When Husbands were able to Commit Wives to Insane Asylums


I recently finished reading The Woman Who Could Not be Silenced by Kate Moore. I am not necessarily recommending this book because it is melodramatic and too long. However, if you are good at skimming and picking out sections to study in detail- it is fascinating to learn that up until the late 1800s husbands had the right to put their wives in insane asylums . Almost any behavior constituted insanity including:

  1. not liking one’s husband and asking for a divorce
  2. claiming that she did not follow the husband’s religious beliefs and values
  3. thinking for herself and disagreeing with her husband

The following image depicts the play, Mrs. Packard: https://www.npr.org/2007/06/24/11294490/play-tells-tale-of-woman-silenced-for-her-beliefs

Who was Elizabeth Packard?

Elizabeth Packard was born in 1816 in Ware, Massachusetts. She was highly intelligent, well educated, respected by her community and by all accounts a successful housewife who doted on her 6 children. Her husband Theophilus Packard- a Calvinist minister, 16 years her senior moved the family to Illinois in 1857. Their lives were uneventful until Elizabeth began secretly writing essays because she felt the urge to express her thoughts….and shared them with others in a Bible group she led. The events took place during the Civil War and some preachers considered her support of abolition, yet, another sign of insanity.

Religious Insanity and the Men who Diagnosed it….

Here are a few quotes from the book:

  1. “That class of men who wish to rule woman, seem intent on destroying her reason”. – Elizabeth Packard
  2. One physician, Dr. Samuel A. Cartwright theorized “that to run away from slavery was itself madness. To cure slaves of what he called “drapetomania” , he prescribed “whipping the devil out of them” as well as the amputation of both big toes.”
  3. When Mr. Packard was leaving his wife at the asylum, she pleaded “But you cannot give them a mother’s care. O, how can my children live without their mother; and how can I live without my children? ” (Sadly one of the children, Lily was so traumatized that she became mentally ill and institutionalized after her mother’s death).
  4. One Dr. Knott, who “evaluated” Mrs. Packard in her home before the kidnapping, without telling her who he was (she thought that he was a door to door salesman) said that “her religious beliefs were not her only symptoms; he noted her unusual zealousness and prominent strong will.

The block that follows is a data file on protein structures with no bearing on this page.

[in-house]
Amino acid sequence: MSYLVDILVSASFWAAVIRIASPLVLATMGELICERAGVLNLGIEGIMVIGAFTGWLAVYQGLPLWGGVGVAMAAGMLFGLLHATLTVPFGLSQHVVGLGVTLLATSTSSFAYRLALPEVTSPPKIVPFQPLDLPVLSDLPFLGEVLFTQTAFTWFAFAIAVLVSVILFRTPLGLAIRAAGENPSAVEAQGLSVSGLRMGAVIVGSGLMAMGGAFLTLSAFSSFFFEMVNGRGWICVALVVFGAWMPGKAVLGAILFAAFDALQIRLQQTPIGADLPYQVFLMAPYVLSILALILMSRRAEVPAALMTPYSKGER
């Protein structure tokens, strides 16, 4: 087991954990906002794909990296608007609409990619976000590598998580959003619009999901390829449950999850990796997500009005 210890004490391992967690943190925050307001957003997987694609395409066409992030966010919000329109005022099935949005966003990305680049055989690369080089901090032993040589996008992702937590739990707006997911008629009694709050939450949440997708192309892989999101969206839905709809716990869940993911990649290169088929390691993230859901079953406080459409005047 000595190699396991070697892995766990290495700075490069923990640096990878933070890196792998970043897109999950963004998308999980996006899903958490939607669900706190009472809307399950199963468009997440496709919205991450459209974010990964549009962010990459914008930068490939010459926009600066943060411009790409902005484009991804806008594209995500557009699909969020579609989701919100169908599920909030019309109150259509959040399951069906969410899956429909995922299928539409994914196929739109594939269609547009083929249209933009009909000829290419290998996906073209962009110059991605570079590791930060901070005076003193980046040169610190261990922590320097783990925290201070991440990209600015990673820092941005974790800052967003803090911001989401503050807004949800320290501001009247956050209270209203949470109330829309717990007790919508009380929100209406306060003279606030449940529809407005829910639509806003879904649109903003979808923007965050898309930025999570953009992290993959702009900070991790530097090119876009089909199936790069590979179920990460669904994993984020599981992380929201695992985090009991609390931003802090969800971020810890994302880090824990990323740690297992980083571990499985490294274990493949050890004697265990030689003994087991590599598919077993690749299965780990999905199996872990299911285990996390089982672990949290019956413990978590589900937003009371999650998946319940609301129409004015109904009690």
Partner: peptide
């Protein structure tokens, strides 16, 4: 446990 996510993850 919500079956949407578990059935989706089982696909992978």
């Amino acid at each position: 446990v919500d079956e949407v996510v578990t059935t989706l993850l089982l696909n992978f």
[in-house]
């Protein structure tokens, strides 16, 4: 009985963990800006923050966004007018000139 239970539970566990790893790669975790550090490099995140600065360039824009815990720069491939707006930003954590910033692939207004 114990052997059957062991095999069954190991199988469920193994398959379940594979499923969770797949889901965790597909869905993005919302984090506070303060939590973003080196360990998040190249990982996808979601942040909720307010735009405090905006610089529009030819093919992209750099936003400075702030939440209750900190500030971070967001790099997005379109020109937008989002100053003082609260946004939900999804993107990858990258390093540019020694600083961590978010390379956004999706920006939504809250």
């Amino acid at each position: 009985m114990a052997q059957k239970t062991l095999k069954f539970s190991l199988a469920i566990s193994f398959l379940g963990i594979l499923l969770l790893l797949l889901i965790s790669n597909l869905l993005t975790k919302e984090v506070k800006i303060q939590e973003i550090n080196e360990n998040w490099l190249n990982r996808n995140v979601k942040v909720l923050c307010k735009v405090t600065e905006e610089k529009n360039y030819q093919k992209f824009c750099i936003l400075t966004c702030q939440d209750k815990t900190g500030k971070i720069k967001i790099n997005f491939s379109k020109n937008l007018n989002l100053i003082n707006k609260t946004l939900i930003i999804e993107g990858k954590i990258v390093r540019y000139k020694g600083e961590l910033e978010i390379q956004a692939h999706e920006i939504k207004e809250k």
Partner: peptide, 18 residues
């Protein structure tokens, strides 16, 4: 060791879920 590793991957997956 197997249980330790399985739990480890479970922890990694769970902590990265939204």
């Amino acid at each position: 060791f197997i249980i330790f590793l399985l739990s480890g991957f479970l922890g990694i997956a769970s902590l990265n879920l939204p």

Elizabeth Packard carried to train taking her to the insane asylum….

Mrs. Packard was physically removed from her home and carried to a train that brought her to the Illinois State Hospital at Jacksonville, Illinois, in the early 1860s. Her diagnosis of “insanity” was based on her husband’s report and confirmed by his church colleagues. The hospital superintendent, Dr. McFarland carried out the unjust imprisonment for 3 years despite numerous friends claiming her sanity. The law also enabled Mr. Packard to relocate the younger children to Massachusetts where he forbid his wife to see them… and if caught he would have the right to put her in a Massachusetts insane asylum.

Life at 19th century American Insane Asylums

As a respectable, White woman- Mrs. Packard initially resided in a beautiful ward with well dressed ladies, many of whom she believed to be sane. Books, crafts, outdoor walks, good food and other comforts were provided…. until the hospital administration decided that Mrs. Packard was corrupting the minds of other patients with her demands for human rights. Mrs. Packard subsequently was moved to the ward where patients actually had mental illness. The patients there were aggressive, delusional and spent time crying, screaming and suffering in a setting with cruel attendants, lack of adequate clothing, bedding, clean water for bathing and cruel mental and physical abuse.